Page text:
In the report, Tuck stops short of endorsing IHRA outright. She affirms “the democratic right of NUS as well as constituent conferences” to support BDS, writing that students’ discomfort should not foreclose debate on a topic that is “not inherently antisemitic.” But she also emphasizes that “the BDS campaign along with initiatives on campuses such as Israel Apartheid Week” do “impact negatively on Jewish students.” As such, she argues that “criticism of the Israeli government . . . must take place within NUS in a manner which recognises that Jewish students are a welcomed and valued group, and that many of them may well be Zionist.” She therefore recommends the creation of new rules of debate to protect Jewish students from feeling marginalized by discussion of Israel/Palestine—an emphasis that has pleased some pro-IHRA advocates. “You can have political activism that in and of itself may be entirely legitimate but that has such a detrimental impact on one particular section of the student community that it’s just better if it doesn’t happen,” said Dave Rich, the director of policy for the CST, referring to BDS.

Even if Tuck herself does not explicitly advocate for a specific definition of antisemitism, she recommends that, having already adopted the IHRA on a pro forma basis, the NUS should put it into practice more fully. She suggests, for example, that all candidates who stand for leadership positions within the union should be required to endorse the definition and scrutinized to make sure that their behavior comports with it. “The vast majority of Palestinian students would find themselves unable to do that,” said Jamal. Palestinian-rights advocates are also concerned that the report’s recommendations give the UJS too much power over anti-antisemitism work within NUS, instructing the union to treat the Jewish group as its primary partner. Tuck “calls for [the NUS to produce] ‘guidance’ on how to talk about Palestine without dipping into antisemitism, but it becomes clear over the course of the report that the [UJS], and not Palestinians, will be consulted heavily in the creation of those materials,” said Jamal. NUS has also said that it will consult with the CST on monitoring antisemitism within the organization.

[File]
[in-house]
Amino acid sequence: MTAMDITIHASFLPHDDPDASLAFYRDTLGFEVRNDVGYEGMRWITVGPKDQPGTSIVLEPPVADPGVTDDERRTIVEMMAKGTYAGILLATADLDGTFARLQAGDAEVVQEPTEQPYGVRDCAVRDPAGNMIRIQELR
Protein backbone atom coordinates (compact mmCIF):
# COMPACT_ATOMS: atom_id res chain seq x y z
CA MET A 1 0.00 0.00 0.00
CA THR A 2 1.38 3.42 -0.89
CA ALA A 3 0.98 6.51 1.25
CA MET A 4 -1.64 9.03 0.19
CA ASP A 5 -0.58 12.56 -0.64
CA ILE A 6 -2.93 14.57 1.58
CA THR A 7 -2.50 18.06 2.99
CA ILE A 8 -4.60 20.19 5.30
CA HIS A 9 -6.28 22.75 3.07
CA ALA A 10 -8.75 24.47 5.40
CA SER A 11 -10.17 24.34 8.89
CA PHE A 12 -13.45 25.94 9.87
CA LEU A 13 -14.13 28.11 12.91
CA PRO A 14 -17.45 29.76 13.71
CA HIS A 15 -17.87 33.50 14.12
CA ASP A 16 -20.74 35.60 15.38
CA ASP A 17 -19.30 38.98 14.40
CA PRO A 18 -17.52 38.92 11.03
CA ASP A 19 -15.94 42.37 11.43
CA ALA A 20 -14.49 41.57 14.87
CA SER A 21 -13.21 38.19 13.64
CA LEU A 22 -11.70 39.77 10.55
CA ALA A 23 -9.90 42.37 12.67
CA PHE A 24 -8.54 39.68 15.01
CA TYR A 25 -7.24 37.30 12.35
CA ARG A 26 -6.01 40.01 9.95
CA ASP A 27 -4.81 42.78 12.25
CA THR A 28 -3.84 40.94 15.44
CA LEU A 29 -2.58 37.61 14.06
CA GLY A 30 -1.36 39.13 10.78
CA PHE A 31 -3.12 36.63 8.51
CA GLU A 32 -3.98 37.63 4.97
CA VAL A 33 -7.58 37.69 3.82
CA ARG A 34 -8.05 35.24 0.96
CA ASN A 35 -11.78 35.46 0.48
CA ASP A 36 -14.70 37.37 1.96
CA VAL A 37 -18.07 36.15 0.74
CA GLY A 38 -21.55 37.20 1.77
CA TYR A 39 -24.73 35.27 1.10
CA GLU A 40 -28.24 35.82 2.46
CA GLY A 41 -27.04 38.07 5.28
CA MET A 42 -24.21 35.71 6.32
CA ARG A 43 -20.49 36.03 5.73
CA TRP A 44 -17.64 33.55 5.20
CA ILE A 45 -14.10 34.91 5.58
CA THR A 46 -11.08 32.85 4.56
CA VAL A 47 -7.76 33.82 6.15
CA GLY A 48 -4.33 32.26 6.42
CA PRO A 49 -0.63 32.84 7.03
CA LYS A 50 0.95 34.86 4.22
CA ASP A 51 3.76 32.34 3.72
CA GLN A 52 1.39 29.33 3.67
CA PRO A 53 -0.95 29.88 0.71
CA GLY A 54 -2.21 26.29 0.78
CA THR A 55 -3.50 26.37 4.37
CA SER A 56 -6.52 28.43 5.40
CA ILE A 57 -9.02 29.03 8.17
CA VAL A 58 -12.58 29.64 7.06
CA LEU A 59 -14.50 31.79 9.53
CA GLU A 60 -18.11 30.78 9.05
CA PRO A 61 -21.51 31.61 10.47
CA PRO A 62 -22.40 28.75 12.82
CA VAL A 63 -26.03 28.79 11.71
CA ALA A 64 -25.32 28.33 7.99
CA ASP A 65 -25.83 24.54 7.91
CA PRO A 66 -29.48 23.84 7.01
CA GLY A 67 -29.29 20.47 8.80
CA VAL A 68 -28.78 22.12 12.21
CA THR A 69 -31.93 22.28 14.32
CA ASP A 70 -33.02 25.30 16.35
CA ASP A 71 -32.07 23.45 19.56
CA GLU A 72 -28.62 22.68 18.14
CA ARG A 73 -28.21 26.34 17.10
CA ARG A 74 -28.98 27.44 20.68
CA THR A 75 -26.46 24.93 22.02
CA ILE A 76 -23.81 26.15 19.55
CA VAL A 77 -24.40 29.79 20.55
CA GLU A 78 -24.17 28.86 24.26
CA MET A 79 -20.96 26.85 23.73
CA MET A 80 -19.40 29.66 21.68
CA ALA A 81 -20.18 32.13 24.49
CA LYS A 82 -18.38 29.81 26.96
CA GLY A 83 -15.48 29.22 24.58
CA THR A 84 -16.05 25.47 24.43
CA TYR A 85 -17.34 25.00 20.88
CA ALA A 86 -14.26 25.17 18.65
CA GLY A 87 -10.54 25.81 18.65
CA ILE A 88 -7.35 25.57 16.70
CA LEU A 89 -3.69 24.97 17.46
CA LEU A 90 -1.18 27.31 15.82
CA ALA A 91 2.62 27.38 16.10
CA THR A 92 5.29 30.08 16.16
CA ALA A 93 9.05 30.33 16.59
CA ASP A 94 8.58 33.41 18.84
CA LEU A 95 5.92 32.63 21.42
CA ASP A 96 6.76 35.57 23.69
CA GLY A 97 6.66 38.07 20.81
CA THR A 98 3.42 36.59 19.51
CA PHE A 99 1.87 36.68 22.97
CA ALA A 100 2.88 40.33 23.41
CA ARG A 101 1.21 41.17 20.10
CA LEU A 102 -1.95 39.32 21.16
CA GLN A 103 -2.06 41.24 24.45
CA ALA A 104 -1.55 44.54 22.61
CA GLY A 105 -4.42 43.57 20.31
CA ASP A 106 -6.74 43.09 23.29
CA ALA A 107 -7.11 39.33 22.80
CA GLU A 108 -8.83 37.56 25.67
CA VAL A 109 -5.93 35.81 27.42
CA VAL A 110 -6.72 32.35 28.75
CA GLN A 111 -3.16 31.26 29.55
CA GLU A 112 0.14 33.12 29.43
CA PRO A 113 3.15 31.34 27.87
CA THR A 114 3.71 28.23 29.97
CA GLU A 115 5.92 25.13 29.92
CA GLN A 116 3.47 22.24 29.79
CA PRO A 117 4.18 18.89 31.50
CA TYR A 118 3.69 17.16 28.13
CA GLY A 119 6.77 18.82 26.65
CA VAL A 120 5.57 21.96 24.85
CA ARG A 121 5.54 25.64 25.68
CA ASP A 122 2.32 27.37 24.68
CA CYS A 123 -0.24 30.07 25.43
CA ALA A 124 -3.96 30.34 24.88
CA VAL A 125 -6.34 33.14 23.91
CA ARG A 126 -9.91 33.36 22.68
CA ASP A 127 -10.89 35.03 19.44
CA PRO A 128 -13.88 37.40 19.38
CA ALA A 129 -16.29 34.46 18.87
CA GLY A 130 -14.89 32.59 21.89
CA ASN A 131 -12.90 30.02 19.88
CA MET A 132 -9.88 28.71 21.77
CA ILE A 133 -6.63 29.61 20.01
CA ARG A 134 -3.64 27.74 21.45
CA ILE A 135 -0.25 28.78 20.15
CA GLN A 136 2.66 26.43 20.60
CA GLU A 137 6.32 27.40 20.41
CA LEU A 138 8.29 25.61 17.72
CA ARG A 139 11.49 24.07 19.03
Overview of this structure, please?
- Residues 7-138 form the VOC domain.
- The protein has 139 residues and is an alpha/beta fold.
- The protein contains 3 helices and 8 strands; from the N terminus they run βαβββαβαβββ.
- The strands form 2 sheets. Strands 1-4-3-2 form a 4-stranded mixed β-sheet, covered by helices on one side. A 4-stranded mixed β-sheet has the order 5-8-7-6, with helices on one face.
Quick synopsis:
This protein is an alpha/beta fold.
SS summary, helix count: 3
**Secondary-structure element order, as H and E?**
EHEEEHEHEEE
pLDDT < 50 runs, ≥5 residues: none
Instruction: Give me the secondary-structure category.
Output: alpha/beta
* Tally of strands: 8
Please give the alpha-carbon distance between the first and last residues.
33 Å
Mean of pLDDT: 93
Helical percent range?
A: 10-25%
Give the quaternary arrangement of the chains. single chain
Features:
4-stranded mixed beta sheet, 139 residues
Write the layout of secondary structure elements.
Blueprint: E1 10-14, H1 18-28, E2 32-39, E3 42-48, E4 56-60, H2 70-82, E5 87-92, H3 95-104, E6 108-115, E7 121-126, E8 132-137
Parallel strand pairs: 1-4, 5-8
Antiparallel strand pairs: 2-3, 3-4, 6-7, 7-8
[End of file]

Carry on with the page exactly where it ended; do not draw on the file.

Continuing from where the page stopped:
The UJS, which did not respond to requests for comment, has come under fire from progressive Jews for centering Zionism and Israel in many of its campus events and campaigns: The organization employs three Israeli shlichim (emissaries) in partnership with the Jewish Agency for Israel—a group that facilitates Jewish immigration to Israel and promotes relationships between the country and diasporic communities—as well as an additional Israel Engagement Sabbatical Officer. Anti-Zionist Jews say they often feel ostracized from J-Socs and at UJS events. “The UJS claims to represent all Jewish students, but there are four committee members who deal with Israel engagement and no one to go to if you’re a Jew who feels marginalized within Jewish spaces,” said Sara Pelham, a student organizer with Jewish Students for Justice, a group that opposes the conflation of anti-Zionism and antisemitism.

In the wake of the Tuck Report’s release, groups on both sides of the political spectrum are pushing for a more definitive conclusion on the matter of the IHRA. Right-wing organizations like CAMERA UK, an Israel-advocacy group and media watchdog, are calling on the NUS to agree to use the IHRA in all new anti-antisemitism materials. Progressive groups like Diaspora Alliance are also trying to “organize in the gaps of the report,” said Hilton, adding, “We’re trying to build safe communities and spaces for Jews in a way that’s not in tension with Palestinian solidarity and activism.”

According to Jamal, the clearest takeaway from the report, and from the NUS’s deference to pro-IHRA groups, is that the playbook used against Labour in 2018 remains effective in the UK. “We tried to warn the Labour leadership in 2018: ‘You’re looking at how the Labour Party gets itself out of this hole, but if you defer to certain groups, it will give them authority and legitimacy—and this process will be replicated,’” he said, recalling advocates’ concern when the party adopted IHRA and its examples. “It wasn’t rocket science to guess that universities would be next.”

This article has been updated to add a post-publication comment from Ben Jamal.

Dahlia Krutkovich is a former Jewish Currents fellow. She is currently on the editorial staff of the New York Review of Books.